Agile approaches, including Scrum, are empirical approaches to delivering software and business value. It is ironic, then, that the biggest impediment to adopting an Agile approach is the culture of the adopting organization. The Cambridge English Dictionary states that culture is "the way of life, especially the general customs and beliefs, of a particular group of people at a particular time.” The beliefs of the people in the organization, and especially its leaders, are powerful predictors of whether that organization will successfully embrace Agile principles. Change is painful. The change that we ask organizations to make when they embrace Agile principles can be deeply unsettling. We ask the people in the organization to potentially see that everything they have come to believe about planning and managing software delivery, and even business value delivery, is wrong. They may believe that the best way to deal with uncertainty is to have a more precise plan. They may believe that resource specialization is the best way to manage scarce skills, and they believe that career paths based on specialization will best guarantee their economic success. They may believe that they will get the best results if they reward individual success and punish individual failure. Organizations that embrace Agile principles reject all of these beliefs, and many others, as false. When we ask people to embrace Agile practices, we are asking them to abandon a world view that, while not perfect, may seem to them better than the next best alternative. At the core of our mission to help them, we must show them that Agile is not just different but better. We are only successful in that mission when their beliefs change. In order for us to do this, there have to be cracks in their world view that can let new ideas penetrate. I have found that the following beliefs establish the possibility that the organization is open to change. The greater the degree to which the people in an organization affirms these beliefs, the more open they will be to embracing Agile principles. Conversely, when those people do not affirm these beliefs, their organization’s cultural inertia may be too strong to overcome. Belief #1: “If the organization does not change, it will cease to exist.” There is nothing like imminent demise to make an organization willing to try something new. Plenty of organizations find themselves in this position today; upstart digital innovators are breaking old business models at a pace that traditional organizations cannot match. When an organization’s leaders believe that their current culture cannot produce the innovative products and services that the market demands, they are open to changing anything and everything. The problem that many organizations face is that they don’t see that the world has changed around them until it is too late, if they even see it then. They can powerfully insulate themselves from seeing the truth. When they do finally see it they can succumb to despair or finger-pointing. Neither are productive. They must come to believe that Agile is a way out of the crisis in which they find themselves in order for an Agile transformation to be successful. Belief #2: “The path forward cannot be planned or predicted without experimentation.” Even when they believe that they are in trouble, people may still cling to the belief that traditional, predictive planning will save them. They may believe that if they can just deliver the competitor-killing new product that they have on the drawing boards, they will be fine. The problem with this belief is that when markets change, assumptions change along with them. Traditional planning approaches are chock-full of assumptions about markets, features, and customer needs that have never been tested or validated. As long as the organization believes that “the business” knows what customers want, they just need to deliver it faster, they will continue to cling to traditional delivery models. If they believe that they already know what they need to deliver, they will see no benefit in working iteratively, delivering working software, measuring the result, and refining their definition of the right solution. They will believe it reasonable to expect a detailed plan on when those requirements will be developed and tested. They must first come to believe that their understanding of customers is imperfect, that they really only have theories about what customers really need, and that they need to form and test hypotheses about those needs in order to achieve success. Once they believe this they are ready to embrace an empirical approach. Belief #3: “Delivering business value is more important than individual employee utilization.” Knowledge work in the 20th century came to be characterized by functional separation into roles and job categories, based on the assumption that work is specialized and that the best way to reduce cost is to keep expensive resources as busy as possible all the time. This usually means that people work on lots of different projects at once to minimize idle time. Since almost everything modern organizations do requires people to work together, the result of this is that everyone waits on someone else to get things done. More multitasking means more waiting on others, which leads to more multitasking and more waiting. The result is that delivering even the simplest change can take a very long time due to waiting and hand-offs. Delivering value to customers, faster, means reducing wait time, which means reducing role specification and dedicating resources to focus on product delivery. The Scrum team does this by having dedicated multi-skilled resources that reduces their dependence on resources external to the team. This minimizes wait time and improves time-to-market. Until organizations value time-to-market more than employee utilization they will be unable to improve their ability to deliver value quickly. Belief #4: “The organization’s leaders believe that their teams are capable of making decisions and doing the right thing.” Traditional organizations reward and promote based on the ability for individuals to get things done. They reward initiative and results. They celebrate “heroes” who single-handedly rescue troubled projects from disaster. The underlying belief is that teams are incompetent on their own and without a strong hand guiding them they tend to be hapless. This, unfortunately, tends to be true in organizations who punish mistakes and does not encourage learning and innovation. Leaders in these cultures use phrases like “accountability”, and want to have “one throat to choke”. Unfortunately, when the work is complex, these “heroes” usually cause more damage than they fix. Delivering software, or designing complex physical products that involve software, is a complex team activity, not the result of individual heroic acts. When the work is complex enough to require a team of professionals to deliver the product, managers must trust that the team is capable of making important decisions. Managers can set goals, ask questions, and clear impediments, but they must accept that they don’t understand the work and can’t effectively direct it. This realization can be an emotional punch in the gut, and is one of the hardest transitions a manager has to make when adopting an Agile approach. When leaders believe in teams, they are tolerant of mistakes. They ask questions that help the team to learn from empirical data. They use retrospectives at multiple levels to help the organization learn and improve. They DO NOT look to lay blame or punish mistakes. They DO help the team clear roadblocks and make sure they have the resources they need. Belief #5: “The organization’s leaders believes that innovation is more important than efficiency.” An organization that values efficiency over innovation believes that it knows its customers and that it is building the products those customers want. It also believes that it is doing it better, at least in some important dimensions, than its competitors. An organization that values efficiency over innovation believes that it will differentiate itself through lower costs, or it believes that its prices are good enough and it simply wants to increase its profit margin. An organization that thinks efficiency is more important than innovation will never successfully embrace Agile principles. An organization that values innovation over efficiency does not yet know what its customers want, or it seeks a new set of customers with unknown needs. It also does not yet know what it needs to do to meet those unknown needs. It relies, instead, on an empirical approach, on forming hypotheses about what customers need and what will satisfy them. It values fast delivery of high quality solutions, and it values and acts on feedback. Agile approaches help organizations systematically create solutions that test these hypotheses and adapt based on results. Recommendation: Understand your organization’s belief system and choose battles carefully Large organizations are complex societies with sub-cultures and pockets of non-conformity. Even small organizations can have sub-cultures. If you’re trying to introduce Agile practices into an organization, focus on finding small enclaves where the traditional belief system is being threatened by forces from the outside - an emerging market segment, or one which is threatened by digital competitors. Build Agile success here first. Success will get attention from other parts of the organization who are also similarly threatened and ready to change. Not all these beliefs may be fully in place, but there need to be signs that the beliefs are starting to change in an Agile-friendly direction. Beliefs can be influenced, nurtured or dampened, but they are ignored at one’s peril.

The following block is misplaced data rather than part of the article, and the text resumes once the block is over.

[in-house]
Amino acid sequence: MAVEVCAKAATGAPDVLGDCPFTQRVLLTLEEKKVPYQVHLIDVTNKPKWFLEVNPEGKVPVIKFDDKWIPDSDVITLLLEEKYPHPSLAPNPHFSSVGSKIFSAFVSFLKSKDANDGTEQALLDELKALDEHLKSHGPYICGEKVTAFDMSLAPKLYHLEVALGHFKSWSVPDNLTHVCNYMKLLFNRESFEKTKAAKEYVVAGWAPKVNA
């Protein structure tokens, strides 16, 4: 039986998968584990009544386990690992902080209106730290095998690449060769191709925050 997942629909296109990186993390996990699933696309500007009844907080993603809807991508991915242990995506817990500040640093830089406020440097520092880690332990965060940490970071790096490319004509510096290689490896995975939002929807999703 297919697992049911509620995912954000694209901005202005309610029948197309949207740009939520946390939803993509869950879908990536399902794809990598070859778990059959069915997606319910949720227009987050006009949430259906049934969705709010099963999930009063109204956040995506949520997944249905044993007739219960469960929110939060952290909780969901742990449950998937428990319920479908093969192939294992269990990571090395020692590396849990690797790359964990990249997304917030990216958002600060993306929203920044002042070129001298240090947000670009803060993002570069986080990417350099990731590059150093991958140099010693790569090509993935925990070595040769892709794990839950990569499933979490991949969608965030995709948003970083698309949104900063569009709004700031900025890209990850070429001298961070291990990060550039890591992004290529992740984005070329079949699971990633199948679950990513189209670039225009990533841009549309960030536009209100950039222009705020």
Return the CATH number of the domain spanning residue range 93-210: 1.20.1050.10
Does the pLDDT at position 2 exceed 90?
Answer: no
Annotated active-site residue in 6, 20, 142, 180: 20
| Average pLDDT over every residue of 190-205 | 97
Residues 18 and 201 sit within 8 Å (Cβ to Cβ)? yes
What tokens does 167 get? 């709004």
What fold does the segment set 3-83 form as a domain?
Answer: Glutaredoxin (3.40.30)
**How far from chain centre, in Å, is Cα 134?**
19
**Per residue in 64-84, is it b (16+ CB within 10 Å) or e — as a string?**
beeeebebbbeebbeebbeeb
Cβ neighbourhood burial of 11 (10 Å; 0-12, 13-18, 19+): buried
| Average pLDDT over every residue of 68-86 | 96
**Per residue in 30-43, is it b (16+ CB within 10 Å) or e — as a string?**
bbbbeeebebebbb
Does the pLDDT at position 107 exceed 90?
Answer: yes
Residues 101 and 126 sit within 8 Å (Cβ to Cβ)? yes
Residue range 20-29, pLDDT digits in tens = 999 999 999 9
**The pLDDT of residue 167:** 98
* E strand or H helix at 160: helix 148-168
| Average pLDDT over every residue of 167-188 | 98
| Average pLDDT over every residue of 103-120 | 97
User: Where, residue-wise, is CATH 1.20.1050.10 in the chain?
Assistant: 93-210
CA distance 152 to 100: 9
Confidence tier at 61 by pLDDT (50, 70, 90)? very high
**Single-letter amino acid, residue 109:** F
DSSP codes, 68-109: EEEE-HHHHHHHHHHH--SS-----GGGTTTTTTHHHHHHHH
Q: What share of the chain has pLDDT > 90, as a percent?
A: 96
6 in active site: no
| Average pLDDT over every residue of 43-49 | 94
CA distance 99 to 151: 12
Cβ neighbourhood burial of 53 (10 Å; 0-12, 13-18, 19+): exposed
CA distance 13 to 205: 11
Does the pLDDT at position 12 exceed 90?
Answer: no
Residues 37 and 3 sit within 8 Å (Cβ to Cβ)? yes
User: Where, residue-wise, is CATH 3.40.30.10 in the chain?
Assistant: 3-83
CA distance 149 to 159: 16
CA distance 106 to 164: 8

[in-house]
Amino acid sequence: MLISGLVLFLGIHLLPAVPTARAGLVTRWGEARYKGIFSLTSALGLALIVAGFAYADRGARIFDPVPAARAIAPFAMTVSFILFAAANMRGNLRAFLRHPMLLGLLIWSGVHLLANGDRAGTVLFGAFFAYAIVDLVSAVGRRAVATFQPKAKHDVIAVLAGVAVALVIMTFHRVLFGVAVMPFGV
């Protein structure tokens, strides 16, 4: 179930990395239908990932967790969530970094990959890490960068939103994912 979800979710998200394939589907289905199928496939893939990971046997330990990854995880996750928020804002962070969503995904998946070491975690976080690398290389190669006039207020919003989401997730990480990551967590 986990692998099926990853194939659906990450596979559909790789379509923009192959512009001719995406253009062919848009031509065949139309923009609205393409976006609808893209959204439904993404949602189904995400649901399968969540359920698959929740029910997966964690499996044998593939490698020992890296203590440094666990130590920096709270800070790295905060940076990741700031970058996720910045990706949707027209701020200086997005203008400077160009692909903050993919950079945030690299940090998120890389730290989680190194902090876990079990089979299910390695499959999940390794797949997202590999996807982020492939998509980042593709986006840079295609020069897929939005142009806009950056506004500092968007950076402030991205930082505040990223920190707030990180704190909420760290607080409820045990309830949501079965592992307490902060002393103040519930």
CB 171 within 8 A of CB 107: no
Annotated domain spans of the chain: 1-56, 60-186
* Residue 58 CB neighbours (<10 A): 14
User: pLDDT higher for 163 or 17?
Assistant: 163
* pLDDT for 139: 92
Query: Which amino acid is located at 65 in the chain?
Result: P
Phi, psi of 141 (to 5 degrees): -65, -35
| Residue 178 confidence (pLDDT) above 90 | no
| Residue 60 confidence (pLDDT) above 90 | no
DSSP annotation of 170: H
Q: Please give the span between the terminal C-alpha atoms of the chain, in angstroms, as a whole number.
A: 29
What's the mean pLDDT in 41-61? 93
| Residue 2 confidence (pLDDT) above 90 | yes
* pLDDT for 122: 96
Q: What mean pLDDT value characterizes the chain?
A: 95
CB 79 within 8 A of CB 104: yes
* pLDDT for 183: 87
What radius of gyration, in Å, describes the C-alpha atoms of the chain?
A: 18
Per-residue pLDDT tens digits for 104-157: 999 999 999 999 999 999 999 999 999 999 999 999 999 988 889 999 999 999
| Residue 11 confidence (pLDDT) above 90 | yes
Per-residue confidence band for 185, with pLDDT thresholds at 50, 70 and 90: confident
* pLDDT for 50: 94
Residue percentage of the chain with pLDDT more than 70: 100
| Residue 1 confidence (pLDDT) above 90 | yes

Sep 9, 2016 Read blog